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Subspecialties Cornea / Ocular Surface, Practice Management

Busting Keratoconus Myths

Corneal collagen cross-linking slows or halts the progression of keratoconus. Ideally, patients should be treated early, before there is significant corneal damage. However, there are very good reasons to consider cross-linking instead of –or prior to – keratoplasty, even in cases with more advanced disease. Here, I’ll address some of the misconceptions I’ve seen regarding older patients and those with more advanced disease.

Myth 1: Older patients don’t progress
It is a commonly held belief that eyes with keratoconus will eventually undergo natural, age-related cross-linking and stop progressing by age 30 or 40. A corollary to this is the belief that cross-linking interventions don’t work after this point and that any adult who continues to progress beyond their third decade should undergo keratoplasty. Though it is certainly true that we see the most significant and rapid progression in younger patients, there is evidence that progression continues beyond the 30s (1). I have personally seen plenty of patients over age 50 with corneas that continue to thin and steepen – and they have benefited from corneal collagen cross-linking. I don’t believe anyone is “too old” for cross-linking if progression can be confirmed. In short, older patients do tend to progress, but often at a slower rate (2).

Myth 2: Vision can’t be improved in patients with advanced keratoconus
Many doctors believe that a patient whose vision has decreased to 20/60 is a “lost cause” who would be better served by keratoplasty. They may feel confident in their ability to achieve near-20/20 vision with a graft and believe that would be more expedient than cross-linking. There are a couple of problems with this line of thinking. First, although the primary goal of cross-linking is to slow or halt progression, we also know that the corneal flattening achieved with the procedure does have some impact on vision, with considerable individual variation (3). I have countless patients who have had dramatic visual improvement after cross-linking. Given this possibility, I would rather give patients the opportunity to see what effect the corneal flattening has on their visual function before proceeding to a transplant. 

By cross-linking we spare them the surgical trauma and risks of infection, glaucoma, cataracts, and graft rejection.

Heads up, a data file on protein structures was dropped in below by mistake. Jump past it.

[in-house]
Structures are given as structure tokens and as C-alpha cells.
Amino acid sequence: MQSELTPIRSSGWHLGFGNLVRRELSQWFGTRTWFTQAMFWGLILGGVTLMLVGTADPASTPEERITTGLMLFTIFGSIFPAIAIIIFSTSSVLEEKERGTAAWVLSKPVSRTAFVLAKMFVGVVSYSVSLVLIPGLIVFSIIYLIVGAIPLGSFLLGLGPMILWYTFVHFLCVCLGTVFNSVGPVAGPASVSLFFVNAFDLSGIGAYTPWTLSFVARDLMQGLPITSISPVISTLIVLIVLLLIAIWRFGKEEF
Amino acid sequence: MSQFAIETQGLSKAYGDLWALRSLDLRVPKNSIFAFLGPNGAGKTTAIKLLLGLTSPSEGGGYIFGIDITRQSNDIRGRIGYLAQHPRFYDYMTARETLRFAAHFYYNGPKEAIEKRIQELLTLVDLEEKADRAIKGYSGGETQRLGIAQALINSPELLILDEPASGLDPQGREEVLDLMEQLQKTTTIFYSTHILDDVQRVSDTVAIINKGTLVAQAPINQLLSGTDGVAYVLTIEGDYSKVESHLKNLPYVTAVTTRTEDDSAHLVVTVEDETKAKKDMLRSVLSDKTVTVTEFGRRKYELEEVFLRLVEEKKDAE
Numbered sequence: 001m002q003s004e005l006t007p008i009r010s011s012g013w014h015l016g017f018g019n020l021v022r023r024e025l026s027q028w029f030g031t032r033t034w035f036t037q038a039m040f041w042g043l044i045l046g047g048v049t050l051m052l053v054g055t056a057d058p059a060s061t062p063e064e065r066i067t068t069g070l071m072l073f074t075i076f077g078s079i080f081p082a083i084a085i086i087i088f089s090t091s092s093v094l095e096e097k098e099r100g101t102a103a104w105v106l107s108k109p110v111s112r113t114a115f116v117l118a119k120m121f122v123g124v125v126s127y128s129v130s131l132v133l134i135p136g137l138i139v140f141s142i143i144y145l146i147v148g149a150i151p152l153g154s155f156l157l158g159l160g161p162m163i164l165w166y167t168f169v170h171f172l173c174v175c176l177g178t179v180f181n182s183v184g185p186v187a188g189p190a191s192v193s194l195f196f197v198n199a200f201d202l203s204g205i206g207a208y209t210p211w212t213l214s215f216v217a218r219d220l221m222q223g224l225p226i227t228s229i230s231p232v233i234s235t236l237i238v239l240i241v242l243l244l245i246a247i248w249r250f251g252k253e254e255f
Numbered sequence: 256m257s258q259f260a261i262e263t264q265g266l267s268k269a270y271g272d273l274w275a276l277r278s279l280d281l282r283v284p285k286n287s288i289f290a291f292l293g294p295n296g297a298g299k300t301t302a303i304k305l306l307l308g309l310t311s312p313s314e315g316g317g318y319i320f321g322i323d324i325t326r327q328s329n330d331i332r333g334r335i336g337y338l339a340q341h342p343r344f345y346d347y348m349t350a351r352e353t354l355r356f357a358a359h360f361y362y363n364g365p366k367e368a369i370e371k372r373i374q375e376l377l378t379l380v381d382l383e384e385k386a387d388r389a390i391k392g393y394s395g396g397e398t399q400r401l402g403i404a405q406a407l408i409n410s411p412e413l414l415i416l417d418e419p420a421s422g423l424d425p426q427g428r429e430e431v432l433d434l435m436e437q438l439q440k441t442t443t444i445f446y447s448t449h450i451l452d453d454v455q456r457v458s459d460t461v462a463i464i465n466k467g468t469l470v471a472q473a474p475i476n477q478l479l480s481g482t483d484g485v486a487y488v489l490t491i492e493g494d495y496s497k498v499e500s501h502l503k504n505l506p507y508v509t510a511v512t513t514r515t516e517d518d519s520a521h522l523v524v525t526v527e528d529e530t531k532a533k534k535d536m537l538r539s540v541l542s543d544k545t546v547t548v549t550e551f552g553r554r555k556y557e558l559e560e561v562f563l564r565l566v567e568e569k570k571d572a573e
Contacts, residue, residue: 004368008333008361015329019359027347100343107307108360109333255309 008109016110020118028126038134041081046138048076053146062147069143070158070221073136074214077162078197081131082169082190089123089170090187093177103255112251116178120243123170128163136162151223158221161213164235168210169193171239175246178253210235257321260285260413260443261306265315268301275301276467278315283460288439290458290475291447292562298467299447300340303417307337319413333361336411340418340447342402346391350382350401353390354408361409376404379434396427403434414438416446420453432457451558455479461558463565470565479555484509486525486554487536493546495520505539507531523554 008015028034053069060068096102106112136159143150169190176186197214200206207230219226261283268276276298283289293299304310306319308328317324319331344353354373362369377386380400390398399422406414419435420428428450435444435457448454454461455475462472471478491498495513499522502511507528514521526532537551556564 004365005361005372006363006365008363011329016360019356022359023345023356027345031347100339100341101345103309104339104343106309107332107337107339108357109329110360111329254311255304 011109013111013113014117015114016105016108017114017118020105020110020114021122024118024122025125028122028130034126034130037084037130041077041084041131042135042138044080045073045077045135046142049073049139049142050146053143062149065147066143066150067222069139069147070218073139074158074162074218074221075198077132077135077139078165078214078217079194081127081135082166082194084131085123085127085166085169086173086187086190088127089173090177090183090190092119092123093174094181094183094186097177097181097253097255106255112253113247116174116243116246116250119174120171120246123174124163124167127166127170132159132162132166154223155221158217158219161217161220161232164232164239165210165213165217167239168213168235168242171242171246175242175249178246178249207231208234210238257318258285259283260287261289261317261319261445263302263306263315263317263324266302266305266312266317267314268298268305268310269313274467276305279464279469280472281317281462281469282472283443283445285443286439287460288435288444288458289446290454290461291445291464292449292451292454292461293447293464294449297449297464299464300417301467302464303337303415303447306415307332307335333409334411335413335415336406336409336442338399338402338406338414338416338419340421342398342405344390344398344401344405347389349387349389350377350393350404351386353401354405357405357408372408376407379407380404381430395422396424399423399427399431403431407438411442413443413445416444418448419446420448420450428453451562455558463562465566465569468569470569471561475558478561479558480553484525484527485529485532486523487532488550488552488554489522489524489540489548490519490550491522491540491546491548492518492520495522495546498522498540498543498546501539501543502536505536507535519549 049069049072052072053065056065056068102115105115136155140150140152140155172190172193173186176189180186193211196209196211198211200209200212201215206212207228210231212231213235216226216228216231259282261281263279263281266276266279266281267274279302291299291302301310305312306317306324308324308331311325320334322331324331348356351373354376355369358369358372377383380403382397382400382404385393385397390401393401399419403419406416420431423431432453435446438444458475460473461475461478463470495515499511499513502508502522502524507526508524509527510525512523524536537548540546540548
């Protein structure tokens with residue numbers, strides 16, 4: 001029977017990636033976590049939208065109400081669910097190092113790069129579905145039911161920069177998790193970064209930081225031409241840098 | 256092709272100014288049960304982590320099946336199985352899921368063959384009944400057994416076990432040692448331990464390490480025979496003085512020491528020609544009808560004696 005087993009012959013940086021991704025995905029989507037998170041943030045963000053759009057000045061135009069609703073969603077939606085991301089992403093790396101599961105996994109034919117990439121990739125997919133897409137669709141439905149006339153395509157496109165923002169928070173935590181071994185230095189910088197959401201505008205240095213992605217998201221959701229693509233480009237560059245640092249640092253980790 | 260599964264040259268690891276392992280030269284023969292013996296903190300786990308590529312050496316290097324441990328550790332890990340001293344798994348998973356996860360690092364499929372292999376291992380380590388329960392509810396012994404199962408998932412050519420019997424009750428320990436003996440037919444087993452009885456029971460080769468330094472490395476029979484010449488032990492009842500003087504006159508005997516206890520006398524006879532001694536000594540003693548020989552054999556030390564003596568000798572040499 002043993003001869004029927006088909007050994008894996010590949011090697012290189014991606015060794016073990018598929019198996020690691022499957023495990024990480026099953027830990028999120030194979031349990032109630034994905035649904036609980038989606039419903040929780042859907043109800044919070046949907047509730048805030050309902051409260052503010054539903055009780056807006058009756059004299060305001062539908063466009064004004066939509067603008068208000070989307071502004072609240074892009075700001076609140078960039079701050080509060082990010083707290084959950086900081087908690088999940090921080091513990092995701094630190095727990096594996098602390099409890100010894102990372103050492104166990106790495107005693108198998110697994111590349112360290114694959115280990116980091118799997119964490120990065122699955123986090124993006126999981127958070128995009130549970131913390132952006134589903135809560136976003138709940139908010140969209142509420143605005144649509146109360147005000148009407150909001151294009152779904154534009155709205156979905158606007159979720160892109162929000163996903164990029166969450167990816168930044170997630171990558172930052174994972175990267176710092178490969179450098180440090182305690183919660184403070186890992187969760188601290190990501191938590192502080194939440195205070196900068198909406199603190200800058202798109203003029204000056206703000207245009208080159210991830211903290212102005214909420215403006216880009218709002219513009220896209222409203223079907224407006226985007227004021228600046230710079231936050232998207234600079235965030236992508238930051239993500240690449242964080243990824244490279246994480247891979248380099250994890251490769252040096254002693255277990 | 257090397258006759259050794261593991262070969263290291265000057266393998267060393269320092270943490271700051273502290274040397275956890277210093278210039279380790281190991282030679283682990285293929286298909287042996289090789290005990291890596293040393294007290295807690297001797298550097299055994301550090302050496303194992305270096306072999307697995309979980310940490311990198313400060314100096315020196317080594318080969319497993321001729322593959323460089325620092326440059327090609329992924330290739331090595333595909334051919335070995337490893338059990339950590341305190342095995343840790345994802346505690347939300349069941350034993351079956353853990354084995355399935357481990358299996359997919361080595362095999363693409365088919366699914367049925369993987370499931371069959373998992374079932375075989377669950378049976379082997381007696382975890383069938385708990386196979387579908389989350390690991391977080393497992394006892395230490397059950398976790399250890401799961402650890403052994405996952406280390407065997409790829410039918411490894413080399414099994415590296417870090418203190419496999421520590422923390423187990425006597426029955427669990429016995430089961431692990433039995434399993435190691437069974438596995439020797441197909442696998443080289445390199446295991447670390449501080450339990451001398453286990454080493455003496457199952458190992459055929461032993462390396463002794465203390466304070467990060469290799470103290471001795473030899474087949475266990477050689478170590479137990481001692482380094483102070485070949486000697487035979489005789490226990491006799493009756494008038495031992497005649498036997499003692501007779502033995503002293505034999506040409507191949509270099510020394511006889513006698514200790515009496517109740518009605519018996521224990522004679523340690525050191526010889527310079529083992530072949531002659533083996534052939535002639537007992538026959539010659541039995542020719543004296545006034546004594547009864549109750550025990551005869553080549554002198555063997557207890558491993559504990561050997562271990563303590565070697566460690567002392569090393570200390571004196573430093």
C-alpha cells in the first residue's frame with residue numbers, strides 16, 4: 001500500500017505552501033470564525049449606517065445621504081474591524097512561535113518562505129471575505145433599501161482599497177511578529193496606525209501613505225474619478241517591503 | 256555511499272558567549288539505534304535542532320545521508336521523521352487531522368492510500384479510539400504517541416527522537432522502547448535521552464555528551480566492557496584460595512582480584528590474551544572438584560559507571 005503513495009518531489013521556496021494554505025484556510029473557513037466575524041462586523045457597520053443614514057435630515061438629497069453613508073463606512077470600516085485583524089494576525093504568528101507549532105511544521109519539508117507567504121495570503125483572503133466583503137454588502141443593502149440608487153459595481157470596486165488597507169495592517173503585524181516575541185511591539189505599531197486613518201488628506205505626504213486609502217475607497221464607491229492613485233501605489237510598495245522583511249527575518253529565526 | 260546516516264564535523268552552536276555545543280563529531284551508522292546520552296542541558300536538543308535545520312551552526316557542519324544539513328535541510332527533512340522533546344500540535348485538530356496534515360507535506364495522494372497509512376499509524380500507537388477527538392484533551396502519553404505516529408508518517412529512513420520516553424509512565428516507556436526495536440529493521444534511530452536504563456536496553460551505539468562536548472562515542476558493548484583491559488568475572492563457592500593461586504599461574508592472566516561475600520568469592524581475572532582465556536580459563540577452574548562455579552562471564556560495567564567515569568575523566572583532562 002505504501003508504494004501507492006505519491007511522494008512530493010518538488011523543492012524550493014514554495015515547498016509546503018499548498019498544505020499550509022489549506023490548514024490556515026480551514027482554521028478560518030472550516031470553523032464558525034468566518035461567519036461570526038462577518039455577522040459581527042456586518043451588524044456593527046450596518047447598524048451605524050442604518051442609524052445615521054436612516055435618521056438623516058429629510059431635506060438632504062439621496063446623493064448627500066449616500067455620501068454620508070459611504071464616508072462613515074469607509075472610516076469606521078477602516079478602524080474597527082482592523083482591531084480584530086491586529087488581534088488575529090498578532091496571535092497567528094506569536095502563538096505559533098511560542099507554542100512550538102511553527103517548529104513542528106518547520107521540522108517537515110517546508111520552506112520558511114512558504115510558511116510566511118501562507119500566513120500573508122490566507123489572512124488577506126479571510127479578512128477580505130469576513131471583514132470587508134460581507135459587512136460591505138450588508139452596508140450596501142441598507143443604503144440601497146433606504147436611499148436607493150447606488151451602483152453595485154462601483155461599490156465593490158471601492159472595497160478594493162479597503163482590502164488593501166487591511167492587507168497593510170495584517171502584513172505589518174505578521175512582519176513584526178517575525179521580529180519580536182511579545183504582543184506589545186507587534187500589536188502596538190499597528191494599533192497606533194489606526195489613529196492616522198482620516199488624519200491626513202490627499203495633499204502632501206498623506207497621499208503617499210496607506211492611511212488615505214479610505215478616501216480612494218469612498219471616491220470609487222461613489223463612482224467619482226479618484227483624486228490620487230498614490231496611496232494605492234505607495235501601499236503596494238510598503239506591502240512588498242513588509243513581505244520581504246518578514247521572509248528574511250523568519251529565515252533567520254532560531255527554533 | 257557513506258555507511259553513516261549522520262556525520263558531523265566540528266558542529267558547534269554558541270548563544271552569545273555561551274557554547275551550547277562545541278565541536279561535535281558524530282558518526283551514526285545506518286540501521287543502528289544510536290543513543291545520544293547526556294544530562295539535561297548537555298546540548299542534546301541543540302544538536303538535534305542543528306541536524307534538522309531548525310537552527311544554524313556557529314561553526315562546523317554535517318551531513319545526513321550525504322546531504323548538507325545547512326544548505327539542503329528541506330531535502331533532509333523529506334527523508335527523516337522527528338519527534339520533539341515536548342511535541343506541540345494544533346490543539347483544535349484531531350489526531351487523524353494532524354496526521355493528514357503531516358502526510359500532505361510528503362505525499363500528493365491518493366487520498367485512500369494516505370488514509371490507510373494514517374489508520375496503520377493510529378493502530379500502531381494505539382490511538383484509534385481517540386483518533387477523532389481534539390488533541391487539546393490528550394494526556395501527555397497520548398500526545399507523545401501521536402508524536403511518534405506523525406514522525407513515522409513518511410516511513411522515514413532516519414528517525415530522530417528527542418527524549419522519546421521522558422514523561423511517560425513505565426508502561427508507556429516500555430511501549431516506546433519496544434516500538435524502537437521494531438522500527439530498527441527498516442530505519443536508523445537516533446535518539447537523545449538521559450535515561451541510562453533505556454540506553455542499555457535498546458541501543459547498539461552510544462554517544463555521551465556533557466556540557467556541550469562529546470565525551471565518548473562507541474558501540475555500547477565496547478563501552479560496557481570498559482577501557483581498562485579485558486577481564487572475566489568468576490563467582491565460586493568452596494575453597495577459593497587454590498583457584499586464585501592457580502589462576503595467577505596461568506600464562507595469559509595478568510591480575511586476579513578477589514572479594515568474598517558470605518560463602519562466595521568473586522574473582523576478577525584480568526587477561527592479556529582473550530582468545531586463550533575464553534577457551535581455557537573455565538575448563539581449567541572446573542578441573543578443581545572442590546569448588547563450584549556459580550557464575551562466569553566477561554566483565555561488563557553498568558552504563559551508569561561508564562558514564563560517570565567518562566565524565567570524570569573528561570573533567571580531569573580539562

Additionally, I would rather address the visual acuity problems with cross-linking plus contact lenses than count on a perfect transplant result. As long as there is no scar in the visual axis, well-fitting scleral lenses are likely to provide very good visual acuity, even in cases of advanced keratoconus. In fact, I have seen many patients with steep cones who can only see 20/400 with glasses, but can get to 20/20 or 20/30 in a scleral lens—and I offer cross-linking to preserve this function. It’s very possible their vision won’t be any better than that with a transplant, anyway, and by cross-linking we spare them the surgical trauma and risks of infection, glaucoma, cataracts, and graft rejection. Even in cases where I think a patient will ultimately need a graft, I would almost always recommend cross-linking first. Keratoconus can recur in the graft (4), so it makes me more comfortable to know the host cornea rim has been treated and is more stable. 

I am particularly bothered by a rush to transplant in very young patients. I saw a 14-year-old male with progressive keratoconus for a second opinion in 2017. His Kmax in the right eye (the worst eye) was 63.8 D (see Figure 1a), uncorrected vision was 20/100- and best-corrected acuity was 20/80. Although the visual acuity appeared to justify a keratoplasty, the cornea was crystal clear. I performed cross-linking and, by the three-month visit, his Kmax had flattened by 1.1 D, improving the uncorrected vision to 20/30-2 and best-spectacle-corrected vision to 20/30. That would have been an outstanding result from a graft, but by avoiding the transplant, he has avoided so much hassle and risk. At his four-year visit, the Kmax had decreased to 60.7, for an improvement of 3.1 D since treatment (see Figures 1b and c). His uncorrected vision was 20/30 and his best corrected vision was 20/20-. 

We have to keep in mind that teens are very active and more subject to trauma than adults. They may stop using their drops and cease to return for follow-up due to lifestyle or health insurance changes. They have a high likelihood of needing one or more repeat grafts in their lifetime. I believe we must consider not just the visual acuity but the lifetime risks of cross-linking versus transplant in deciding on the optimal course of treatment for young patients with progressive keratoconus.

Figure 1. Cross-linking flattened this keratoconic cornea by 3.1 D, improving this teen’s uncorrected visual acuity to 20/30.

Myth 3: If the patient has lost vision and is contact lens intolerant, it is time for a transplant